Inside Carlson Publishing Company the next morning. Richard is waiting to see Mr. Carlson. He is hoping that Mr. Carlson will publish his book of photographs, Family Album, U.S.A.
Receptionist: Good morning.
Richard: Good morning. My name is Richard Stewart. I'm here to see Mr. Carlson.
Receptionist: Please sit down, Mr. Stewart. Mr. Carlson will be with you shortly.
Richard: Thank you.
Receptionist: [She speaks into the telephone.] Excuse me, Mr. Carlson, but Richard Stewart is here for his ten o'clock appointment with you. OK. Thank you. [She hangs up the phone.] Like I said, he'll be with you shortly.
Richard: Thank you. [The intercom buzzes.]
Receptionist: [She picks up the phone.] Yes, Mr. Carlson. Yes, sir. [She hangs up the phone.] He's ready for you, Mr. Stewart.
Richard: Thank you. [He points to the door of Mr. Carlson's office.] In there?
Receptionist: Yes. In there. Good luck.
Carlson: [sitting at his computer] Come in, come in. This is a crazy morning. [He shakes Richard's hand.] Hello, Richard.
Richard: Hello, Mr. Carlson.
Carlson: Sit down, sit down.
Richard: Thank you for seeing me on such short notice.
Carlson: I hope you've brought your pictures along. [He sees Richard's album.] I see that you have. Let's get right to it. We need a new coffee-table book, and a book of photos about the United States still feels right. OK, let's take a look. [Richard gives him the album, and Mr. Carlson looks at the photographs.] Good. Very good. Family Album, U.S.A. It's an excellent title. If you had to describe the book in one sentence, how would you do it?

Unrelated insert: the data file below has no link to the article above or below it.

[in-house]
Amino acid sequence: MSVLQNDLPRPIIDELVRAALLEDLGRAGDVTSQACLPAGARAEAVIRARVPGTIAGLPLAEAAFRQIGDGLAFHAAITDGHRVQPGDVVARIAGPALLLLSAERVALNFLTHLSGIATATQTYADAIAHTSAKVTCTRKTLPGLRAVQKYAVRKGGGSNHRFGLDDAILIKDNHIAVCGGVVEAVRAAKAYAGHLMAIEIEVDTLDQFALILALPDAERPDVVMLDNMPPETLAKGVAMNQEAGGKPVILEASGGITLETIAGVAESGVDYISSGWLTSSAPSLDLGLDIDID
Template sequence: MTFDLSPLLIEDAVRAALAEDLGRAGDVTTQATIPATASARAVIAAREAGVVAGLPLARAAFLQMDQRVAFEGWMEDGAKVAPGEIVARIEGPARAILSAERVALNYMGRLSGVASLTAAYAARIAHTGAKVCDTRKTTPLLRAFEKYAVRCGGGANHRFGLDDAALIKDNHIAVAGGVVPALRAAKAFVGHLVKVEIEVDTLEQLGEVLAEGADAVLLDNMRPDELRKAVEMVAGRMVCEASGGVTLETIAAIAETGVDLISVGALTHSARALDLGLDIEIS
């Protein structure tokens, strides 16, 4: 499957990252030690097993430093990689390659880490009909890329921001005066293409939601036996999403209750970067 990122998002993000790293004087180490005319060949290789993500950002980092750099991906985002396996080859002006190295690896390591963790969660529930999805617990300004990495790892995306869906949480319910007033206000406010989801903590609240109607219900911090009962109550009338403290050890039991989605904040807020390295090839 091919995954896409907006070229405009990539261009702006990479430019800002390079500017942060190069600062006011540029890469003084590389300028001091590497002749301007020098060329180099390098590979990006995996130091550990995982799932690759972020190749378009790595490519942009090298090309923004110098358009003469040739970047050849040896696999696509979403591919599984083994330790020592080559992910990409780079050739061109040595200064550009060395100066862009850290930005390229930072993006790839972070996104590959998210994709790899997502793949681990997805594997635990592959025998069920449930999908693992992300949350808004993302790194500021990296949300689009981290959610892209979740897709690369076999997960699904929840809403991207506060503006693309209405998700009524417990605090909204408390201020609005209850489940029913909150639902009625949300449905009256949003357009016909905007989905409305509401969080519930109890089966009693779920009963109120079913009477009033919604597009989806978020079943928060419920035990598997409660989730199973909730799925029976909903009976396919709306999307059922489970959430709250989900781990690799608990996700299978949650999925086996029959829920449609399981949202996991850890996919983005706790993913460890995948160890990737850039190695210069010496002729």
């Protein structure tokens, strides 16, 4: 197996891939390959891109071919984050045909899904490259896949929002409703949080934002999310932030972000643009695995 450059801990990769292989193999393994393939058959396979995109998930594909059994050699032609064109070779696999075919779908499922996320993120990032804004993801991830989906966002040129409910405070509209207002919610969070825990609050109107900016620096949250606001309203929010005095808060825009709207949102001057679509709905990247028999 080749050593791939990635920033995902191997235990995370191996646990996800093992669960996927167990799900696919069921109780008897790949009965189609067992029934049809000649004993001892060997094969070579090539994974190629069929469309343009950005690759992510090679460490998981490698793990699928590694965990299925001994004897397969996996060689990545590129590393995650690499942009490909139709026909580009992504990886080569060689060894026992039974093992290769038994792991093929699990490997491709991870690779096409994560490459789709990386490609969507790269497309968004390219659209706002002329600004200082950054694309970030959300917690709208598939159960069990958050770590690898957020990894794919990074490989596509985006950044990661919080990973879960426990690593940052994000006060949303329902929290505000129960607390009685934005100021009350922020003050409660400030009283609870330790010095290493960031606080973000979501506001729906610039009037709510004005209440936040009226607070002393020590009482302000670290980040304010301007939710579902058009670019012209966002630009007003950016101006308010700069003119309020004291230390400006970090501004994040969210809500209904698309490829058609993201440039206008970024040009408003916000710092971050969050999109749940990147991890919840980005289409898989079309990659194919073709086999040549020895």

Richard: Well, I'd describe it as a book which is a ... a portrait of the United States—the places, the people—mostly the people. The things they do, the ways they live, the places they visit, and the landmarks. A photographic journey.
Carlson: These are wonderful—these photos in your performing arts section. Carnegie Hall, Lincoln Center.
Richard: I'm glad you like them.
Carlson: I do, but ... 
Richard: But?
Carlson: There's something missing. You've got a good eye, Richard. You're a terrific photographer. But before I can publish your work, I need to meet with my marketing department, and you've got to do one more thing.
Richard: What's that, Mr. Carlson?
Carlson: In the section on culture, you've included performing arts centers, but you've left out street performance. The mimes. The musicians. The dancers—in the parks and on the streets. Richard, if you go out and photograph street performances in the city, you'll have it.
Richard: That is a great idea. The performing arts centers and the street performances. I'll do it.
Carlson: If you do it, I'll publish your work.
Richard: Are you serious?
Carlson: I've never been more serious. When do you think you can return with street performances?
Richard: A couple of weeks.
Carlson: If they're as good as the rest of these pictures, it's a deal. [He shakes Richard's hand.]
Richard: You won't be disappointed, Mr. Carlson. Thanks. [He goes to the door without his book.]
Carlson: [He hands Richard his book.] Goodbye, Richard, and good luck. See you in two weeks. [They shake hands again.]
Richard: Goodbye, Mr. Carlson. Thanks. So if you like the street-performance photos, you'll really publish Family Album, U.S.A.?
Carlson: When I say something, I mean it. Go to work. Goodbye.
Richard: Goodbye.